Taras Shevchenko Scientific Research Institute
Taras Shevchenko Scientific Research Institute (Науково-дослідний інститут Тараса Шевченка; Naukovo-doslidnyi instytut Tarasa Shevchenka). A scientific research institute under the jurisdiction of the People's Commissariat of Education, established in Kharkiv in 1926 as the central repository and research institution of all published, archival, and artistic materials pertaining to Taras Shevchenko in particular and to modern Ukrainian literature in general. Until 1932 the director was Dmytro Bahalii. Serhii Pylypenko was Bahalii's deputy and the institute's managing director, and Yarema Aizenshtok was the scholarly secretary. A branch of the institute was founded in Kyiv; Oleksander Doroshkevych was its director, and Borys Navrotsky was its secretary. Many other prominent scholars (eg, Oleksander Bahrii, Oleksander Biletsky, Vasyl Boiko, Volodymyr Derzhavyn, Pavlo Fylypovych, Volodymyr Koriak, Yevhen Kyryliuk, Andrii Loboda, Volodymyr Miiakovsky, Mykhailo Novytsky, Oleksii Novytsky, Viktor Petrov, Mykola Plevako, Dmytro Revutsky, Andrii Richytsky, Petro Rulin, Ahapii Shamrai, H. Sinko, Borys Yakubsky, Mykola Yashek, Serhii Yefremov) taught at the institute and/or took part in its projects and publications.
Research work was divided among seven cabinets. The cabinets of pre-Shevchenko literature, Taras Shevchenko's works, Soviet Ukrainian literature, bibliography, and history (added in the early 1930s) were in Kharkiv. The cabinets of Shevchenko's biography and post-Shevchenko literature, and sections for the study of Shevchenko's poetics and the links between Shevchenko's works and post-Shevchenko literature, were in Kyiv. Work was also done by several commissions: the commission of Shevchenko's period and milieu, the commission for the study of Shevchenko's art, the commission to study the Soviet Ukrainian reading public, an archival commission, the commission for contemporary oral literature (the living word), and, in Kyiv, the commission for the preparation of a dictionary of Shevchenko's language. The institute's library had a collection of manuscripts by Shevchenko, Panteleimon Kulish, Yakiv Shchoholiv, Volodymyr Samiilenko, Ivan Nechui-Levytsky, Hanna Barvinok, and Arkhyp Teslenko; the archives of Oleksander Potebnia and the Soviet Ukrainian writers' organizations Pluh and Hart; and a collection of journals, including Chervonyi shliakh. In 1932 the Shevchenko Literary Museum was founded at the institute; a large part of its collection of 700 of Shevchenko's paintings, drawings, and engravings was transferred to the Shevchenko Gallery in Kharkiv in 1933.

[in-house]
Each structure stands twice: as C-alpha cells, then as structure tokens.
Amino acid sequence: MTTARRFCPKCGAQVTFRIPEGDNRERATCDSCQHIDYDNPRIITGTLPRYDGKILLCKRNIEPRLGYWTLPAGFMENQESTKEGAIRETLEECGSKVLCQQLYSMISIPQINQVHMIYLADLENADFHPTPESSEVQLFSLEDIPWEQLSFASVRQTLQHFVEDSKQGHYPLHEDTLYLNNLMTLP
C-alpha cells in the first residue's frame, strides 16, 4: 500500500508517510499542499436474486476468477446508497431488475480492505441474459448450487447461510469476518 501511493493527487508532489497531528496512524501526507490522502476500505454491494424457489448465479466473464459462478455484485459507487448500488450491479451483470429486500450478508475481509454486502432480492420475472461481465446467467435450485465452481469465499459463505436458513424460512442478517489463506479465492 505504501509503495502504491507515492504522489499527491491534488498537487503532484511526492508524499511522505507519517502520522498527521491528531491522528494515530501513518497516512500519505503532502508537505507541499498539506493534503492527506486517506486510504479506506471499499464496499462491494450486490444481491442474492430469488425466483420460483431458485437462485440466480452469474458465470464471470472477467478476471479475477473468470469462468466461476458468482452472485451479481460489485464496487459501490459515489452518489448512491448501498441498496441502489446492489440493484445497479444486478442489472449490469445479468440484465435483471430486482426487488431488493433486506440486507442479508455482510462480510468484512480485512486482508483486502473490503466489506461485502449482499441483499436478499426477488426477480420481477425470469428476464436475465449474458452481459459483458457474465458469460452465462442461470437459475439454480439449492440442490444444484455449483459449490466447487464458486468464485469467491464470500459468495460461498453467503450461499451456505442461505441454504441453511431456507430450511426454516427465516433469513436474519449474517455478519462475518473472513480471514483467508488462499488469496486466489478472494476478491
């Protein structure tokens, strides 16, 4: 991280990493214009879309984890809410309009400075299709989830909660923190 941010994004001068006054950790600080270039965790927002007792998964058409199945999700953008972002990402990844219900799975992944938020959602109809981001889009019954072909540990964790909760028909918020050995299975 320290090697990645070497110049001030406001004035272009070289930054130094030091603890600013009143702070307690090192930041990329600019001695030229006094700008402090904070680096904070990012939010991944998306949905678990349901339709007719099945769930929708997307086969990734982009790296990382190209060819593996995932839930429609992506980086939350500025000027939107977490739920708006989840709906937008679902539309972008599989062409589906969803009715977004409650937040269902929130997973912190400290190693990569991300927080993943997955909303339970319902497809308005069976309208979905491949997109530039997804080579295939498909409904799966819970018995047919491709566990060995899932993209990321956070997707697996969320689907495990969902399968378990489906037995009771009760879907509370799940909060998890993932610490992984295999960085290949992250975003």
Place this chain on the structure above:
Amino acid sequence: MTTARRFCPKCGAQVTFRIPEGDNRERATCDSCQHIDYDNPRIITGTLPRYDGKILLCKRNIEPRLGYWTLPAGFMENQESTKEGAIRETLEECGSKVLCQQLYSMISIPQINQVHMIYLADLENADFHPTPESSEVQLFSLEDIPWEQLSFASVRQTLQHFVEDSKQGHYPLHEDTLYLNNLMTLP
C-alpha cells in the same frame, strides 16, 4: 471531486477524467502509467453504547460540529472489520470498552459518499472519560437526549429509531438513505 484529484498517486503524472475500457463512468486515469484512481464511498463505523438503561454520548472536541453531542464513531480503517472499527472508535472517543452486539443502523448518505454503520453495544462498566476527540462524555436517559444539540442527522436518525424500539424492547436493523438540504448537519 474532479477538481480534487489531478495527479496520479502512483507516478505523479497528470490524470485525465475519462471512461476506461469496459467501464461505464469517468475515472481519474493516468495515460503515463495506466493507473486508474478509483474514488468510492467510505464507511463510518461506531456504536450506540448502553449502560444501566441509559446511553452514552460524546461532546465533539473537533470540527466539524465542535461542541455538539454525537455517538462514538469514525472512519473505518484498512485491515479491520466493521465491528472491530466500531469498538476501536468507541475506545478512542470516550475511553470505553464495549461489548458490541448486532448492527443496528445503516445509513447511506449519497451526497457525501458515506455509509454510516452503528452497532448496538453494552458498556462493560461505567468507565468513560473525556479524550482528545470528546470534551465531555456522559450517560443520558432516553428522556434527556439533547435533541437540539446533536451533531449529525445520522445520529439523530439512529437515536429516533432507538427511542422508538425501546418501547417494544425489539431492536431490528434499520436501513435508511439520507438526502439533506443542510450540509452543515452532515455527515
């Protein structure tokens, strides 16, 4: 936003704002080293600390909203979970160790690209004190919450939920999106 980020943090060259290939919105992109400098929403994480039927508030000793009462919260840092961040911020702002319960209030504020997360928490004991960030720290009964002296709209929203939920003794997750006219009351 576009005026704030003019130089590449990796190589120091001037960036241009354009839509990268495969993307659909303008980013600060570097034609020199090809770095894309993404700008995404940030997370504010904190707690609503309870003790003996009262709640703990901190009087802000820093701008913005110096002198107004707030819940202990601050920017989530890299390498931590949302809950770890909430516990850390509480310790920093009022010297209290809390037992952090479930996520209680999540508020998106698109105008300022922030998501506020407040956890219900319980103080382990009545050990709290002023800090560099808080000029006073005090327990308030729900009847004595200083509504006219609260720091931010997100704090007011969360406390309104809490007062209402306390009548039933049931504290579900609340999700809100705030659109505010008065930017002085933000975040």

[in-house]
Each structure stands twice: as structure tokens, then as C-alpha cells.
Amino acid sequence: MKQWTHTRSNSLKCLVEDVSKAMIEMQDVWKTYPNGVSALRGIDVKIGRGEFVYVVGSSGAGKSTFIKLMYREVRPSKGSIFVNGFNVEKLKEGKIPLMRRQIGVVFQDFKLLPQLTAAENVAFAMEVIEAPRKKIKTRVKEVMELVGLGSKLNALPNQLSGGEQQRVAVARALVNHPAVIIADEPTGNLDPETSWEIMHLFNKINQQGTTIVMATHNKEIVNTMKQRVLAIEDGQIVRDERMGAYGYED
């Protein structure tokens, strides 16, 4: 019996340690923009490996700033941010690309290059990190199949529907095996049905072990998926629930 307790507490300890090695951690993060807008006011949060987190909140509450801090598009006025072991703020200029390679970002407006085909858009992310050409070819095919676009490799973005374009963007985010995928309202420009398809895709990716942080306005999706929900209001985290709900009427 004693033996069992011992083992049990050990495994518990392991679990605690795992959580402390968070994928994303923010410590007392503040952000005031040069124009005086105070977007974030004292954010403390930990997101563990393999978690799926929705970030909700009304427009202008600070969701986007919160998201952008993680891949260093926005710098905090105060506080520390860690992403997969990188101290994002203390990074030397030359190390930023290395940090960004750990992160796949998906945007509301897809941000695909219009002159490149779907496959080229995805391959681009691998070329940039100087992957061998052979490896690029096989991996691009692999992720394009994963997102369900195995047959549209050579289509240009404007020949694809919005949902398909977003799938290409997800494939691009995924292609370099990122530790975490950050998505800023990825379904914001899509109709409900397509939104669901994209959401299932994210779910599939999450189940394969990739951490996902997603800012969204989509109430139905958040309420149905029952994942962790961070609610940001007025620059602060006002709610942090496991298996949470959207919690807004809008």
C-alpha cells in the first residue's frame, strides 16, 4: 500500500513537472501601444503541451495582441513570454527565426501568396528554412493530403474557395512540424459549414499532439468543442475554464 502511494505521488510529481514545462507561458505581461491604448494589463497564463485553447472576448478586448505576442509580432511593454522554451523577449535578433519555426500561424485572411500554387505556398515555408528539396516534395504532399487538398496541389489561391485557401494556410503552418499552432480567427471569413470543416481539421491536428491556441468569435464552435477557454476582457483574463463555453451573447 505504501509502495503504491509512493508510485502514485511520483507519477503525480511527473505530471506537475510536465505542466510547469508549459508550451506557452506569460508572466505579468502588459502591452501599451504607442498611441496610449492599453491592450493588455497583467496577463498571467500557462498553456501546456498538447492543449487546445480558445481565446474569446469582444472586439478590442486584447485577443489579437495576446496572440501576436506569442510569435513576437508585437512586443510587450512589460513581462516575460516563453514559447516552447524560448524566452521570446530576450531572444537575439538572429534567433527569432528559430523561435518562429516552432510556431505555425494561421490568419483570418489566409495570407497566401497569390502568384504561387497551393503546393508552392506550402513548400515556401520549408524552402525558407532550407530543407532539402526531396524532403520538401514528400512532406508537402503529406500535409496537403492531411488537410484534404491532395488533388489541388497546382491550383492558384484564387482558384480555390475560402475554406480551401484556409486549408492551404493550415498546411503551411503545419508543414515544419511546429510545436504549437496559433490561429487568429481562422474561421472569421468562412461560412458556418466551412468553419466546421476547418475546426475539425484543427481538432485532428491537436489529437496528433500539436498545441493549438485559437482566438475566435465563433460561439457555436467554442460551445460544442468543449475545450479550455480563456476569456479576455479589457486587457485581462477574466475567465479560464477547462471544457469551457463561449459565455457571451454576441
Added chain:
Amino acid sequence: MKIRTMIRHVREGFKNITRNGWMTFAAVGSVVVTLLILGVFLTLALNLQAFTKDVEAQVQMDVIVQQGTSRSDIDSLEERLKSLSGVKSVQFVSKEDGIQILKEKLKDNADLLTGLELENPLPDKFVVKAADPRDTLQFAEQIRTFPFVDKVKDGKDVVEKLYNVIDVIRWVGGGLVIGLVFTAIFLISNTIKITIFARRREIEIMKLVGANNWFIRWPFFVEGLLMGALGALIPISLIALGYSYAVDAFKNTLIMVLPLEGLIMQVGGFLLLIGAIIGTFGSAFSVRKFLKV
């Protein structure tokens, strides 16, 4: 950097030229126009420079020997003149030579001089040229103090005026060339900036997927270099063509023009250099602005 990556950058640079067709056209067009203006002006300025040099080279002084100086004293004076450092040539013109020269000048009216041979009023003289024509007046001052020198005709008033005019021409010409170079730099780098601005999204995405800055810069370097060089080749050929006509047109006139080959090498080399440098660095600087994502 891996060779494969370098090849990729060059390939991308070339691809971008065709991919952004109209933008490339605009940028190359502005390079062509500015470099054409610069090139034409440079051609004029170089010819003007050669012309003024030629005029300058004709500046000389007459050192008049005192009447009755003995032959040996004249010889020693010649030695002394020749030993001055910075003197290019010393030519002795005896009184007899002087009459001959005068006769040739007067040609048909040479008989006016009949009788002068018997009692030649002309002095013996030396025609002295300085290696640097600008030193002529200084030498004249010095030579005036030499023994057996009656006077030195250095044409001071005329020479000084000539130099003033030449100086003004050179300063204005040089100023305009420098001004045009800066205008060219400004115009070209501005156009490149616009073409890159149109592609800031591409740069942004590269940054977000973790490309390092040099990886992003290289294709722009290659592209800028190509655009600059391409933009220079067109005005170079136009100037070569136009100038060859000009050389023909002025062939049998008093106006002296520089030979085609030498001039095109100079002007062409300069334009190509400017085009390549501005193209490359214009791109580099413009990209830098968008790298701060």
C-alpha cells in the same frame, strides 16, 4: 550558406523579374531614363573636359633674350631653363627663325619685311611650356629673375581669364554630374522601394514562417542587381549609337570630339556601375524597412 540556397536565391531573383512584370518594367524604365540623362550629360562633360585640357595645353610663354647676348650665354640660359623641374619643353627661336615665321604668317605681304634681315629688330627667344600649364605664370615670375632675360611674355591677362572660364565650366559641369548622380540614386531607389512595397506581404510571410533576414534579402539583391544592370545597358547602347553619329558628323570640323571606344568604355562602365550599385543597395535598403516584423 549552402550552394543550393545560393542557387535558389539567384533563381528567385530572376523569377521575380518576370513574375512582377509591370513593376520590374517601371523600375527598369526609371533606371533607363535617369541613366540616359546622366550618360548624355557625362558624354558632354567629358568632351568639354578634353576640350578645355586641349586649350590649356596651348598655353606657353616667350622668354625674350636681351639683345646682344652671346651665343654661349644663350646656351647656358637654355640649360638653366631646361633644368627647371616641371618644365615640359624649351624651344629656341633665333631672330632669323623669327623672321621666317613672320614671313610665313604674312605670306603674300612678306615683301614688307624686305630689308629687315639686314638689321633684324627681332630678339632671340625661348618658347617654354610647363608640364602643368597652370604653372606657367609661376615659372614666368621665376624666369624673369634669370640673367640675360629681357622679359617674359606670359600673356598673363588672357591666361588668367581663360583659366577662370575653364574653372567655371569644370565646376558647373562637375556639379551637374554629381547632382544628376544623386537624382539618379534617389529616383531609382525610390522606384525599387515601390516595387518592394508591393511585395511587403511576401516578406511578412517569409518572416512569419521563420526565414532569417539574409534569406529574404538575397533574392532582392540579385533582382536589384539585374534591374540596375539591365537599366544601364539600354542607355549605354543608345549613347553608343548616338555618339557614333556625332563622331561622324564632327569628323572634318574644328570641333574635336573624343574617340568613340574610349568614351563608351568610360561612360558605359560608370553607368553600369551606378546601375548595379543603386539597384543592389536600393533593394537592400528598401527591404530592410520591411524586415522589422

The institute published two collections of articles titled Shevchenko (1928, 1930), the bimonthly journal Literaturnyi arkhiv (1930–1), Taras Shevchenko's journal and correspondence (2 annotated vols), four monographs and collections of articles on Shevchenko by single authors (Oleksander Bahrii, Borys Navrotsky, Oleksander Doroshkevych), four collections of articles on Shevchenko by various authors, and several popular editions of Shevchenko's individual works with commentaries. It prepared a series of memoirs about Shevchenko (eg, by Panteleimon Kulish), trained graduate students (including scholars such as Hryhory Kostiuk, Yurii Lavrinenko, and Davyd Kopytsia), and organized art exhibitions, seminars, and lectures. Its holdings and research facilitated the preparation of scholarly editions and textological studies of works by Shevchenko, Marko Vovchok, and other Ukrainian writers. Most of the institute's personnel fell victim to the Stalinist terror between 1930 and 1933. Under Dmytro Bahalii's successor, Yevhen Shabliovsky (1933–5), the institute was basically inactive. In 1936 jurisdiction over the institute was transferred to the Academy of Sciences of the Ukrainian SSR (now NANU) and it was renamed the Institute of Ukrainian Literature; that name was changed to the Institute of Literature of the Academy of Sciences of the Ukrainian SSR in 1952.
[This article originally appeared in the Encyclopedia of Ukraine, vol. 5 (1993).]